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Heel pain can be a common problem. Though the cause is rarely serious, the pain can be severe and sometimes disabling.
Heel pain is often the result of overusing your foot. Causes may include, running, especially on hard surfaces like concrete, tightness in your calf, or from Achilles tendonitis (inflammation of that large tendon that connects your calf muscle to your heel), shoes with poor support, sudden inward or outward turning of your heel, or landing hard or awkwardly on your heel after a jump or fall.
Problems related to heel pain include bursitis (inflammation of the bursa at the back of the heel), bone spurs in the heel, and plantar fasciitis (swelling of the thick band of tissue on the bottom of your foot).
Heel pain is something you can usually treat at home. If you can, try resting as much as possible for at least a week. Apply ice to the painful area twice a day or so, for 10 to 15 minutes. Take acetaminophen or ibuprofen for pain and inflammation. If you need to, you can buy a heel cup, felts pads, or shoe inserts to comfort your heel.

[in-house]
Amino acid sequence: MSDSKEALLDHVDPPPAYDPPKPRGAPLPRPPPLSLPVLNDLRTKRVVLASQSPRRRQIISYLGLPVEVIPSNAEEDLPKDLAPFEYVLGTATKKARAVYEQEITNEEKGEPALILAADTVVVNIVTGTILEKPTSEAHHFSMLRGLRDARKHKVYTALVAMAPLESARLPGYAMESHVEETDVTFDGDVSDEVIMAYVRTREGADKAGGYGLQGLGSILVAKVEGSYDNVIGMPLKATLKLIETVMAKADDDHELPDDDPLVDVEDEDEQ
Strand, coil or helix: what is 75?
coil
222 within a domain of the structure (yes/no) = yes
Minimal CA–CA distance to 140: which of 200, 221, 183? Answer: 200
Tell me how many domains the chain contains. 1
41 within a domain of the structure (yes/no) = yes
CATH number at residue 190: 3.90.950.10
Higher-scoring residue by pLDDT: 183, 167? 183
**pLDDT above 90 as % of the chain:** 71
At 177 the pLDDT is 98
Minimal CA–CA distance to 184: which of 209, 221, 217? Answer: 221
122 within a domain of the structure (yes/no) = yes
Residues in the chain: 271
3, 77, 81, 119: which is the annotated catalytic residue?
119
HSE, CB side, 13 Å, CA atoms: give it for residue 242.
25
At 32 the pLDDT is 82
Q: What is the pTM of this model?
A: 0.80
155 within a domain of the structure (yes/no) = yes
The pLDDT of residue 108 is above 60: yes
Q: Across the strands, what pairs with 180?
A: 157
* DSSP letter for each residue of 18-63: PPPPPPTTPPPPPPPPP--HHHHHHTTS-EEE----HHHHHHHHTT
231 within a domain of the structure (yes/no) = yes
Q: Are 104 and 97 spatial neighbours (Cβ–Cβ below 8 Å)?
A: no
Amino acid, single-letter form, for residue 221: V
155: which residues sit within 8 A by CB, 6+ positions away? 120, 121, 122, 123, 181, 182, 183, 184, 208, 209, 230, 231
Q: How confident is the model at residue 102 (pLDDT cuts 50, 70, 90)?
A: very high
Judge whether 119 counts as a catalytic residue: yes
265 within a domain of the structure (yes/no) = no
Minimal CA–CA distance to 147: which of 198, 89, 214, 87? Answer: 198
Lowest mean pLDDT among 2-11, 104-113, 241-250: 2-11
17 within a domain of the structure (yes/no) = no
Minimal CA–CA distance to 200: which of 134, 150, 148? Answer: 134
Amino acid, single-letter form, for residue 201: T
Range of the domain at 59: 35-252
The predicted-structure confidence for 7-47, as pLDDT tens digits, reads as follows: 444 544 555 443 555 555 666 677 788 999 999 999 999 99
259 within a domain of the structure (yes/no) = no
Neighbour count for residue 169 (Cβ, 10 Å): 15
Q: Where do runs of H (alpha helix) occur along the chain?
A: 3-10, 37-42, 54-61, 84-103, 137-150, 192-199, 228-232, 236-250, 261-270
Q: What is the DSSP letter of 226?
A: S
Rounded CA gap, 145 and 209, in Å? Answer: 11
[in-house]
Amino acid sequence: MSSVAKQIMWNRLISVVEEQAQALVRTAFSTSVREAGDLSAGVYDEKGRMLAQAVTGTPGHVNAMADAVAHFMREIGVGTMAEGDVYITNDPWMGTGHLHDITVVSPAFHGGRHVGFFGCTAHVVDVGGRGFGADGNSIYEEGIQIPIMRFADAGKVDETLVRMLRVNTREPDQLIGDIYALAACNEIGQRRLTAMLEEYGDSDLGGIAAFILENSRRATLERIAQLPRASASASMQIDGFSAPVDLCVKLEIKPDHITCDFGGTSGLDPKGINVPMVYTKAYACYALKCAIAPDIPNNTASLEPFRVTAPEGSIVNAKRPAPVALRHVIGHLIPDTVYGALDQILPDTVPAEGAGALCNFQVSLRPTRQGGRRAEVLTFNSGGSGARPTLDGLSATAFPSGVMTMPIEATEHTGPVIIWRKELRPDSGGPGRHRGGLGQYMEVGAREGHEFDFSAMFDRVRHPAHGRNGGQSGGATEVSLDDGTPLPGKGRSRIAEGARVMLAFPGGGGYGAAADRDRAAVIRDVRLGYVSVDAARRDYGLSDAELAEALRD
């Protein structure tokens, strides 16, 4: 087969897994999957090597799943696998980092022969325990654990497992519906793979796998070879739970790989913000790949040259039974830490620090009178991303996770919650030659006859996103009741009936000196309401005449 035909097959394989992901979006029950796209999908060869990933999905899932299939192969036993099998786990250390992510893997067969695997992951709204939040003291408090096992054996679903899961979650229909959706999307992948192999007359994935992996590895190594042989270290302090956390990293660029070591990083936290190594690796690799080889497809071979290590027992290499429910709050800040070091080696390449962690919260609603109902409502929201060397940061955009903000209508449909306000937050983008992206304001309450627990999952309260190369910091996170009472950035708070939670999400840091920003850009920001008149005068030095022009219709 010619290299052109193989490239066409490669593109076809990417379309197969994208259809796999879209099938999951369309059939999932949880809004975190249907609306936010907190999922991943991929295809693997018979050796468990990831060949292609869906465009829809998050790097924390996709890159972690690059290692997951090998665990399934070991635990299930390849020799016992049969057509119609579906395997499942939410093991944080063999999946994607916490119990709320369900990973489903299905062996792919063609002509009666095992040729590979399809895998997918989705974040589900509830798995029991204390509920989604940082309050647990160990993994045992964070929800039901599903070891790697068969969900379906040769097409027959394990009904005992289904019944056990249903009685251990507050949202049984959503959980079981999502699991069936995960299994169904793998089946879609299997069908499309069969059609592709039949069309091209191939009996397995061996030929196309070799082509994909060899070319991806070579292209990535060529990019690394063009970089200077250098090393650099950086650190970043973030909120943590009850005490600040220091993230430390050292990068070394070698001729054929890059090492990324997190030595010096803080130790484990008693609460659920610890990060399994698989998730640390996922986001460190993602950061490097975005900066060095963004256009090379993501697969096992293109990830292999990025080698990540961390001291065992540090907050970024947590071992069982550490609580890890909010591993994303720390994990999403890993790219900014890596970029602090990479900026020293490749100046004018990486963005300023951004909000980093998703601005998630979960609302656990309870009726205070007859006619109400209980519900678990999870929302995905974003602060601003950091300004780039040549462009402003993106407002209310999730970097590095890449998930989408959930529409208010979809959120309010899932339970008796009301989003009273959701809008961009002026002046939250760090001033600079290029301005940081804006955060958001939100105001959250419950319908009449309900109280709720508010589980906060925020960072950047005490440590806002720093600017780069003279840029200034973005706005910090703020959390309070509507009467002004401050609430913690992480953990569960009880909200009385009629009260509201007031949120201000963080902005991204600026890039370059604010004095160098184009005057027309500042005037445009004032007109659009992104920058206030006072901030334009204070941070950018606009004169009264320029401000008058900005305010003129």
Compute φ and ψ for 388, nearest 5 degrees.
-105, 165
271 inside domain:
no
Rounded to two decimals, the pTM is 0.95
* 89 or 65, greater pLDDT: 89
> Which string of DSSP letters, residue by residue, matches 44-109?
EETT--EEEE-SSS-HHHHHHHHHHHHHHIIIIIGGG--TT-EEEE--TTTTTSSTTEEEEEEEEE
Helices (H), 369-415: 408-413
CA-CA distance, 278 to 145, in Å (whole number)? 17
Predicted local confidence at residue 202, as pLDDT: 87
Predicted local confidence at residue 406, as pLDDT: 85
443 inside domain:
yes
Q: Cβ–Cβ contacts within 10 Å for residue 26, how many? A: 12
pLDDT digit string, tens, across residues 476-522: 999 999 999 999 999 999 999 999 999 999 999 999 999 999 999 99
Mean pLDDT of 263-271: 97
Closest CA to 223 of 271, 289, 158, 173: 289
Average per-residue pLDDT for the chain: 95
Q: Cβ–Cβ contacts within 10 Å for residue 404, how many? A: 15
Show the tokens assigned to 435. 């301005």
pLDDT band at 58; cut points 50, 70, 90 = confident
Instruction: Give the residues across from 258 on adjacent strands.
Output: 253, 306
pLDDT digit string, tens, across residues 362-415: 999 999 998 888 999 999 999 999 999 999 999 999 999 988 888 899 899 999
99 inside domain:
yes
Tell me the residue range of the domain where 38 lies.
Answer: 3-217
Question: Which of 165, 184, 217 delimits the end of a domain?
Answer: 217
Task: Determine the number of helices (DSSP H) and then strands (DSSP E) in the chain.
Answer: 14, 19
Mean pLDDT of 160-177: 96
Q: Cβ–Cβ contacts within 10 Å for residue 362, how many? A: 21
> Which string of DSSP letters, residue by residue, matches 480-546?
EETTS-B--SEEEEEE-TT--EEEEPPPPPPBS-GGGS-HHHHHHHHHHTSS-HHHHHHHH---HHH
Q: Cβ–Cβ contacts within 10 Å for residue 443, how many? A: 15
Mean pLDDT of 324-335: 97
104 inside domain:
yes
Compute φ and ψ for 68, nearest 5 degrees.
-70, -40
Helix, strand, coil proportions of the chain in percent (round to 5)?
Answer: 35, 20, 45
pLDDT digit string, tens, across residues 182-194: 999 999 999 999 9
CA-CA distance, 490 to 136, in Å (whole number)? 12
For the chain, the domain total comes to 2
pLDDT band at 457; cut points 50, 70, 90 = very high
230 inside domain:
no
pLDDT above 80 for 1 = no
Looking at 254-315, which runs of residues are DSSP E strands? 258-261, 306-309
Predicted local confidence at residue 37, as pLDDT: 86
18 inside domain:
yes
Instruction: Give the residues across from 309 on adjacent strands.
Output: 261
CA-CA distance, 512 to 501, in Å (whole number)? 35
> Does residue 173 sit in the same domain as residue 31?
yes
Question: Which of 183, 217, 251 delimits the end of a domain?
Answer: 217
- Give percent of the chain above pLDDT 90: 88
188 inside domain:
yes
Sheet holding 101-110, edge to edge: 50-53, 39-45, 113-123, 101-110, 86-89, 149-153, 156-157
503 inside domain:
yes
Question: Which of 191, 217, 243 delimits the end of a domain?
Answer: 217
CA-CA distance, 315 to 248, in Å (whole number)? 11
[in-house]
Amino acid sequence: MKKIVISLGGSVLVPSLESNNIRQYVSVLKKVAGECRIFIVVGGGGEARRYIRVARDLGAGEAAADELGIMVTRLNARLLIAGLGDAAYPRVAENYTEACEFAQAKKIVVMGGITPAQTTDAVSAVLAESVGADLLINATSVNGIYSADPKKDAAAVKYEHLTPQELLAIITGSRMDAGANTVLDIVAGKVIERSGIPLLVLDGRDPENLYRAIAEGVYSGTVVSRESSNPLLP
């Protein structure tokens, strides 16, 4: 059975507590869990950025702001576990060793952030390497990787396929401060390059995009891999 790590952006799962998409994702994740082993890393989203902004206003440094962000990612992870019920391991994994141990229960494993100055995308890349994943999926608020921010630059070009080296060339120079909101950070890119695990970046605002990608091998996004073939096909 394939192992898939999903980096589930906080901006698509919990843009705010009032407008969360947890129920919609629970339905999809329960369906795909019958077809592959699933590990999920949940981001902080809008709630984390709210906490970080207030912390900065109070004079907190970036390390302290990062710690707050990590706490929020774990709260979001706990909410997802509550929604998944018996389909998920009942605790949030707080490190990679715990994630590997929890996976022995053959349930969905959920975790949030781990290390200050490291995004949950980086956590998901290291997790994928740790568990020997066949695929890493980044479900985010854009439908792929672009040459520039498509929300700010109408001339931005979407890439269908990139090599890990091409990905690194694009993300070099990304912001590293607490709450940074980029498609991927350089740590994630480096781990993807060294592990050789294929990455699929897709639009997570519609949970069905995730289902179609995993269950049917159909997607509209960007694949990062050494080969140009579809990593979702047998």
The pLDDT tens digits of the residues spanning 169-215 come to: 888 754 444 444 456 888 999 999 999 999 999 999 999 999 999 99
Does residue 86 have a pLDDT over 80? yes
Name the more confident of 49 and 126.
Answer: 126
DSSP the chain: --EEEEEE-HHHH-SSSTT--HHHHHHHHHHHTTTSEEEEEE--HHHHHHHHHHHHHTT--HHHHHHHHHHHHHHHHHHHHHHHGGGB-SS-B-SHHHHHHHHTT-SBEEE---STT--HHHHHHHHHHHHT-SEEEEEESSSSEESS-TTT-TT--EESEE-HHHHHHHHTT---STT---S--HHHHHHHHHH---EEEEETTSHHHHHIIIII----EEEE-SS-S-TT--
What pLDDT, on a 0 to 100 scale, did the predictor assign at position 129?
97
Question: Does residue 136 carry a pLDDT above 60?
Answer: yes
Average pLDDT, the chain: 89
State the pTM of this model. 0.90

You should call your doctor if your heel pain does not get better after two or three weeks of home treatment. But also call your doctor if your pain is getting worse, or your pain is sudden and severe, your feet are red or swollen, or you can't put weight on your foot.
If you visit the doctor, you may have a foot x-ray. Your treatment will depend on the cause of your heel pain. You may need to see a physical therapist to learn exercises to stretch and strengthen your foot.
To prevent future heel pain, we recommend you exercise. Maintaining flexible, strong muscles in your calves, ankles, and feet can help ward off some types of heel pain. And do yourself a favor, trade those sleek high heels in for a comfortable, properly fitting pair of shoes.
- Last Reviewed on 11/25/2011
- Alan Greene, MD, Author and Practicing Pediatrician; also reviewed by David Zieve, MD, MHA, Medical Director, A.D.A.M., Inc.
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This page was last updated: May 8, 2013